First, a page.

It said its order book was the highest it had ever reached after sales rose 87% in its core hospitality market and rose 76% overall in the six months to June 30, and forecast that revenue would grow “for the foreseeable future despite increasing economic headwinds”.
Soaring energy costs and wider inflation hit margins, although installation of solar panels at its main factory in Stoke means that Churchill expects to generate up to 20% of its energy itself. It struggled to fill jobs in a tight labour market, and was left with less experienced staff, leading to constraints on its ability to raise factory output.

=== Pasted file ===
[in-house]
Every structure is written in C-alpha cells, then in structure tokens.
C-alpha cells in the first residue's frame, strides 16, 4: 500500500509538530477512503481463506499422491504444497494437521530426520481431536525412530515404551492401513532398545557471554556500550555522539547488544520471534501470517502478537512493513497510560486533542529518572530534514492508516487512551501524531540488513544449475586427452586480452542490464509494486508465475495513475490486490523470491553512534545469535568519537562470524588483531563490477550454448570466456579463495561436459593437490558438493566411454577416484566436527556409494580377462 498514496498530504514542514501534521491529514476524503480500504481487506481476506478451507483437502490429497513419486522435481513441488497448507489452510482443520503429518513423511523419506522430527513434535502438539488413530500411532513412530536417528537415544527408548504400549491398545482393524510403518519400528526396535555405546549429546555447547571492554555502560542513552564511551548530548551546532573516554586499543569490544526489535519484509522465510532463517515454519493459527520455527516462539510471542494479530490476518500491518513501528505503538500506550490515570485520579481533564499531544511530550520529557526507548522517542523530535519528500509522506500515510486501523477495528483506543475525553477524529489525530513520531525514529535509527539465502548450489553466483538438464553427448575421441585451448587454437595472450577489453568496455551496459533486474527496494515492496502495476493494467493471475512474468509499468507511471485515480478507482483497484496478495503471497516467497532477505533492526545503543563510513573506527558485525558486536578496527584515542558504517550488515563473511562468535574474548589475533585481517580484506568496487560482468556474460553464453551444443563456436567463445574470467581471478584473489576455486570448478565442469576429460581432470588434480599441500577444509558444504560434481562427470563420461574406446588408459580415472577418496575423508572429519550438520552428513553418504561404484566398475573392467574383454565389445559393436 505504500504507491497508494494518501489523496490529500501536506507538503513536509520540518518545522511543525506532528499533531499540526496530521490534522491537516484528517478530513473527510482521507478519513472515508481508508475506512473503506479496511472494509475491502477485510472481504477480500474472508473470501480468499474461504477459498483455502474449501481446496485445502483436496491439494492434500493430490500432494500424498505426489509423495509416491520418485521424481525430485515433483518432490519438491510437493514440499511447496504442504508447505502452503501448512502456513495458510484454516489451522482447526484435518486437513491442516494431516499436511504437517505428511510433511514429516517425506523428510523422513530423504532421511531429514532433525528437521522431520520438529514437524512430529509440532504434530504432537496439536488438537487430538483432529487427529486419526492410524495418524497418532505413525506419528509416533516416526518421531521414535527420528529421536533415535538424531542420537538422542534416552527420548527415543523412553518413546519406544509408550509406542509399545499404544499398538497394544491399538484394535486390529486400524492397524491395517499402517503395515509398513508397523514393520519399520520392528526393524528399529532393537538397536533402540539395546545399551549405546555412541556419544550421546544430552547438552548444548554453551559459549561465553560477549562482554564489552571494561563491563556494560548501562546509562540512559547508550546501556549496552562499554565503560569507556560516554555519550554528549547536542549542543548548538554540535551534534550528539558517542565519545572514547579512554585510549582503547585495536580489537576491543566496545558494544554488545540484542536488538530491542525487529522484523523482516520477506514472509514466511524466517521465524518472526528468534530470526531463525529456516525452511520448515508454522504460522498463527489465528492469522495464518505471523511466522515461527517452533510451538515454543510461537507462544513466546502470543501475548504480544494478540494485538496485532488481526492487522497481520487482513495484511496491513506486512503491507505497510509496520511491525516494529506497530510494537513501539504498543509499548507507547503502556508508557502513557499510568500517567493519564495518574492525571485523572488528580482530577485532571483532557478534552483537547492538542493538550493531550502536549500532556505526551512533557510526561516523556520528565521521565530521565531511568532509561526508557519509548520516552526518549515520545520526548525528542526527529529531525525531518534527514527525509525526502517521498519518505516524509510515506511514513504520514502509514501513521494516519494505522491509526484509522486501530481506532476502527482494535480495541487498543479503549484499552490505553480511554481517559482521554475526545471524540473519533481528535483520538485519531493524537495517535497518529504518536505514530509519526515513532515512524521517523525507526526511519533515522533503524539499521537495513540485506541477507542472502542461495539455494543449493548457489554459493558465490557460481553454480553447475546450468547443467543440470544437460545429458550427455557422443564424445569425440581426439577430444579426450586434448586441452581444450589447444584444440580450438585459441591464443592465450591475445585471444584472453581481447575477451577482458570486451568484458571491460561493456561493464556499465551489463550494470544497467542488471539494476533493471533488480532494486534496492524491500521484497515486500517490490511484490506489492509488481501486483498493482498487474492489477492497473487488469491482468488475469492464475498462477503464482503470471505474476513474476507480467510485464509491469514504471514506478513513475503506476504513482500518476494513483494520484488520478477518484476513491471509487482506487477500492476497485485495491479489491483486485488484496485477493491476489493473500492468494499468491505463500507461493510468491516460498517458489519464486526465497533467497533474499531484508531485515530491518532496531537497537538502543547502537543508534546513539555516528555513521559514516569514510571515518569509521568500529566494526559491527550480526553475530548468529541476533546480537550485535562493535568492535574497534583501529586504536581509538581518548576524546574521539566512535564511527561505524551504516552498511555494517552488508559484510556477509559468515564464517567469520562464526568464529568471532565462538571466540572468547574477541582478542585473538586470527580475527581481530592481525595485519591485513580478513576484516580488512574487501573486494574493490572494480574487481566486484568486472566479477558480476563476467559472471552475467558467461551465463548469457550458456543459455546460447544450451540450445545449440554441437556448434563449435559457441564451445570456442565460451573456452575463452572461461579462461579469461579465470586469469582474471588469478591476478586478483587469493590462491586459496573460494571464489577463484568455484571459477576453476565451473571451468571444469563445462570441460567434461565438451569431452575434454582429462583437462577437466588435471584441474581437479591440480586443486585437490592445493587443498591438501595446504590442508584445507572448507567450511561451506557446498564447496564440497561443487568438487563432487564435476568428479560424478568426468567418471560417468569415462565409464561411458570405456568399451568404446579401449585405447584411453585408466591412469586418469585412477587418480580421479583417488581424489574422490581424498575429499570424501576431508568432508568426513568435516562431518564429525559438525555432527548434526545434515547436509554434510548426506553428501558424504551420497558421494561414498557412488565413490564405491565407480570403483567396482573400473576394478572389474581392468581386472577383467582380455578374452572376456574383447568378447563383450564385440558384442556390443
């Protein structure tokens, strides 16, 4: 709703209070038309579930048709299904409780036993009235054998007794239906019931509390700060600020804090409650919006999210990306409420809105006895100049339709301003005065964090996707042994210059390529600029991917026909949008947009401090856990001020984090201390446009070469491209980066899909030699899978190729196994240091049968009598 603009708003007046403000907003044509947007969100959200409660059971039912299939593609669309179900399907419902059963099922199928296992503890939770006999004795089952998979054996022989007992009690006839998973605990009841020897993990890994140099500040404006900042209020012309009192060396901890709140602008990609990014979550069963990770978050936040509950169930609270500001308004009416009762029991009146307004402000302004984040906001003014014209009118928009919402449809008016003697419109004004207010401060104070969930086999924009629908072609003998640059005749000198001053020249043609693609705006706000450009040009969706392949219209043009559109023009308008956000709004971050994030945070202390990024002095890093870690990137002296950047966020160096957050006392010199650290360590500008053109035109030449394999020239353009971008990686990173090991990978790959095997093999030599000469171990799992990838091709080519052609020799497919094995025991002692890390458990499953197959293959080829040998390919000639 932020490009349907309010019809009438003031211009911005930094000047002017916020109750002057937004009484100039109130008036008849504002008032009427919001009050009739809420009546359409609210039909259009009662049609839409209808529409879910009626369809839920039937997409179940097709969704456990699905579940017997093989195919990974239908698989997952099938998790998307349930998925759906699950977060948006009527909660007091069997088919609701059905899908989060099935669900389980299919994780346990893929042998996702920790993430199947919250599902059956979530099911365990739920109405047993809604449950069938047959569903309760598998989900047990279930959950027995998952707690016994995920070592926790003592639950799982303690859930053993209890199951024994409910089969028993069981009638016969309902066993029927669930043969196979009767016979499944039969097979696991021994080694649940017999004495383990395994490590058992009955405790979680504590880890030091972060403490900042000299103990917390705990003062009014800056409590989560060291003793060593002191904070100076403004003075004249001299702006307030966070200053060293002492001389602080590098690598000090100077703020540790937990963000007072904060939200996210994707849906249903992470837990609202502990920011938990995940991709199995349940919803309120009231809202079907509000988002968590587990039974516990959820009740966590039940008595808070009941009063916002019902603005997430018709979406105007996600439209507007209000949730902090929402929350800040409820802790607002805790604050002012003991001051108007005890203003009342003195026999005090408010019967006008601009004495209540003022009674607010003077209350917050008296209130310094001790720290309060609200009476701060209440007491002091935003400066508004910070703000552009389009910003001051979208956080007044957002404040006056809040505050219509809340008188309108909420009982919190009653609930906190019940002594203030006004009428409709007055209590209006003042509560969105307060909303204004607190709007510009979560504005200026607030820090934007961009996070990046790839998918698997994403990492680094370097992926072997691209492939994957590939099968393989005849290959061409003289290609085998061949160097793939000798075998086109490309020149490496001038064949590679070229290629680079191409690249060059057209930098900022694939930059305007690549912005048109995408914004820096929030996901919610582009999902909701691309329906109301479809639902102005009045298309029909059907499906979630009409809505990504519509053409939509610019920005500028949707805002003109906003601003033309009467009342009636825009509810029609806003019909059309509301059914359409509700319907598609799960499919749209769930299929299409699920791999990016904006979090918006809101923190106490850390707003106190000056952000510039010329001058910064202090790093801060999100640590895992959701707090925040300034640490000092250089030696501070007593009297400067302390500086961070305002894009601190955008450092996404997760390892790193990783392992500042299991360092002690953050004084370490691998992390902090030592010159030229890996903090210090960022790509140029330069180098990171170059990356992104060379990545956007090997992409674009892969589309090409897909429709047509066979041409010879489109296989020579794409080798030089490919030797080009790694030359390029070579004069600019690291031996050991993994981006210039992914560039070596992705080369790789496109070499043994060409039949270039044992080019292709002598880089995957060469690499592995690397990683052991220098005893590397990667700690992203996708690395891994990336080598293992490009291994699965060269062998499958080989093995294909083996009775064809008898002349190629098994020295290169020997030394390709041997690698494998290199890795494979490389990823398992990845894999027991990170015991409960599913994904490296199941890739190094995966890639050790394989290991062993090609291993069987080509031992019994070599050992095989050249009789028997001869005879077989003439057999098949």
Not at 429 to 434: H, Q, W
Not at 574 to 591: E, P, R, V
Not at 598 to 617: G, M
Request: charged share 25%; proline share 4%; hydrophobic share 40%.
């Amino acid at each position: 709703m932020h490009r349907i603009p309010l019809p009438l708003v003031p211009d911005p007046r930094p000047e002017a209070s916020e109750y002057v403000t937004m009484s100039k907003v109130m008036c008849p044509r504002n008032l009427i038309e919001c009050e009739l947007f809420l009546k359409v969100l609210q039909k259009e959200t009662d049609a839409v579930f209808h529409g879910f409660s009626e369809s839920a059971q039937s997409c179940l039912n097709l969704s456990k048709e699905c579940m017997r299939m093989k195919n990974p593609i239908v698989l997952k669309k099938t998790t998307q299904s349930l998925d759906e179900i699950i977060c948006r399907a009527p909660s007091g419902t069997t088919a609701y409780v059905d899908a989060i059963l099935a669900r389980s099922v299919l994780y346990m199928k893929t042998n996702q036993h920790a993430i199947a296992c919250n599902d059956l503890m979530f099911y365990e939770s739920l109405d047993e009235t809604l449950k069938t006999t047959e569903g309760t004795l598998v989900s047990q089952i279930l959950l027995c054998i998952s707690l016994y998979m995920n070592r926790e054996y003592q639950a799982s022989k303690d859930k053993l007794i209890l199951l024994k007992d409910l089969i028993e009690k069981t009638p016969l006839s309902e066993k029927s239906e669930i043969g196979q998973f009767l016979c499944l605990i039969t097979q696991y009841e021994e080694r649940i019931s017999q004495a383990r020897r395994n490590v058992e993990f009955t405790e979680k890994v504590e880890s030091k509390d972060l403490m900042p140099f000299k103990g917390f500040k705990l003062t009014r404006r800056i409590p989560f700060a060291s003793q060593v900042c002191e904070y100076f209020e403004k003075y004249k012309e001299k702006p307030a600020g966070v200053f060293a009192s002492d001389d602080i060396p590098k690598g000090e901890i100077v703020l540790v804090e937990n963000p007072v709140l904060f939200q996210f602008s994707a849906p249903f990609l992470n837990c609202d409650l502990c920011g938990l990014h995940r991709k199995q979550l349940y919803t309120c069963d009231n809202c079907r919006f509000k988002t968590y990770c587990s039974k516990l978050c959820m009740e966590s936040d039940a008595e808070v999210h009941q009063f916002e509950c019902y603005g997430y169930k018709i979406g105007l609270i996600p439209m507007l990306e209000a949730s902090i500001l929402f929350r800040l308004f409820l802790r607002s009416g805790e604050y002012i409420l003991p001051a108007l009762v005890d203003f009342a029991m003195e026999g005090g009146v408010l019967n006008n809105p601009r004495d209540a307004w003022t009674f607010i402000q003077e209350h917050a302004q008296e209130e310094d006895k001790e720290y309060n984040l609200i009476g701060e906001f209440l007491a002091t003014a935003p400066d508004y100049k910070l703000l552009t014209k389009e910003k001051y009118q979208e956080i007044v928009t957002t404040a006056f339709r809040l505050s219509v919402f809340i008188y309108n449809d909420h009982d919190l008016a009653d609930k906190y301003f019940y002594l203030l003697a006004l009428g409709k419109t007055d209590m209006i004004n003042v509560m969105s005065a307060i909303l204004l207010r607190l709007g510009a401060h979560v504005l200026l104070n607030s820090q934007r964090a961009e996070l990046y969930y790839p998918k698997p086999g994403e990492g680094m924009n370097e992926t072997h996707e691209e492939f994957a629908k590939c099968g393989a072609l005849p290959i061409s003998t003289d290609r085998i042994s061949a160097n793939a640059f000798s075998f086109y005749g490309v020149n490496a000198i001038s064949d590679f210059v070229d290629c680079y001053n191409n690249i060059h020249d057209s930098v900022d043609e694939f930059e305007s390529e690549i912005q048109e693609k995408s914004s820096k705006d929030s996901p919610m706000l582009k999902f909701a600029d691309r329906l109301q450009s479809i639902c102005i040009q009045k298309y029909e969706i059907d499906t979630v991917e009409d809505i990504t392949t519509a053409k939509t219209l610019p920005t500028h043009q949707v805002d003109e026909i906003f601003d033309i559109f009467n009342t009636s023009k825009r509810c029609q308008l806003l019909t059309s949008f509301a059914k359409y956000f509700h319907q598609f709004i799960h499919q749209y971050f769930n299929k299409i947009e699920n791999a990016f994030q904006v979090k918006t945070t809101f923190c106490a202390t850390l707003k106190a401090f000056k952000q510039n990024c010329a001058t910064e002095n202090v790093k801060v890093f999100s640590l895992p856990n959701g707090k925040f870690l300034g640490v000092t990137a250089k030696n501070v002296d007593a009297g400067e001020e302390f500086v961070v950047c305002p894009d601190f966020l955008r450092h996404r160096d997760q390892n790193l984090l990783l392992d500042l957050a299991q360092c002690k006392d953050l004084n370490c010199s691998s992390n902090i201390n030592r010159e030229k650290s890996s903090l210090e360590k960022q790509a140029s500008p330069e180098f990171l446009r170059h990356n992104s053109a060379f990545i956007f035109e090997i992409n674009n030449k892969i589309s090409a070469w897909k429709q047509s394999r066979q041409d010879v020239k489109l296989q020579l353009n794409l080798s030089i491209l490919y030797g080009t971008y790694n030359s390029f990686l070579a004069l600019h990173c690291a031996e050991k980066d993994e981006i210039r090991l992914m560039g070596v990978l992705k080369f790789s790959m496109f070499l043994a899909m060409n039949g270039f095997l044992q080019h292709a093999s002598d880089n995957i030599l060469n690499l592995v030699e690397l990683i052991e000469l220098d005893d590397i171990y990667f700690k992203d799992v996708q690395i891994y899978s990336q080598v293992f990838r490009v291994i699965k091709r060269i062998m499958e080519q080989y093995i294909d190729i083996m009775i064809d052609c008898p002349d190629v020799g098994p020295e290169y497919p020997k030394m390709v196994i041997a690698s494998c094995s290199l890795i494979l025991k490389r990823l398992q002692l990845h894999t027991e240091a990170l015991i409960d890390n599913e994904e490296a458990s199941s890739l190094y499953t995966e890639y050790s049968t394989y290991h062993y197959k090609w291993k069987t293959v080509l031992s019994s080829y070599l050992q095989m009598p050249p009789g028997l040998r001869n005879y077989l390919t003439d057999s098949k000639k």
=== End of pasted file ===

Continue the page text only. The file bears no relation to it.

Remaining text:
It was able to increase its own prices twice, helping profit before tax reached £3.4 million, up from £1.0 million in the same period a year ago.
Churchill listed on the London Stock Exchange in 1994 and via one of the companies in the group, Sampson Bridgwood, it has roots in the English Potteries going back to 1795. Its shares were up 3.4% to 1222p in London on Tuesday.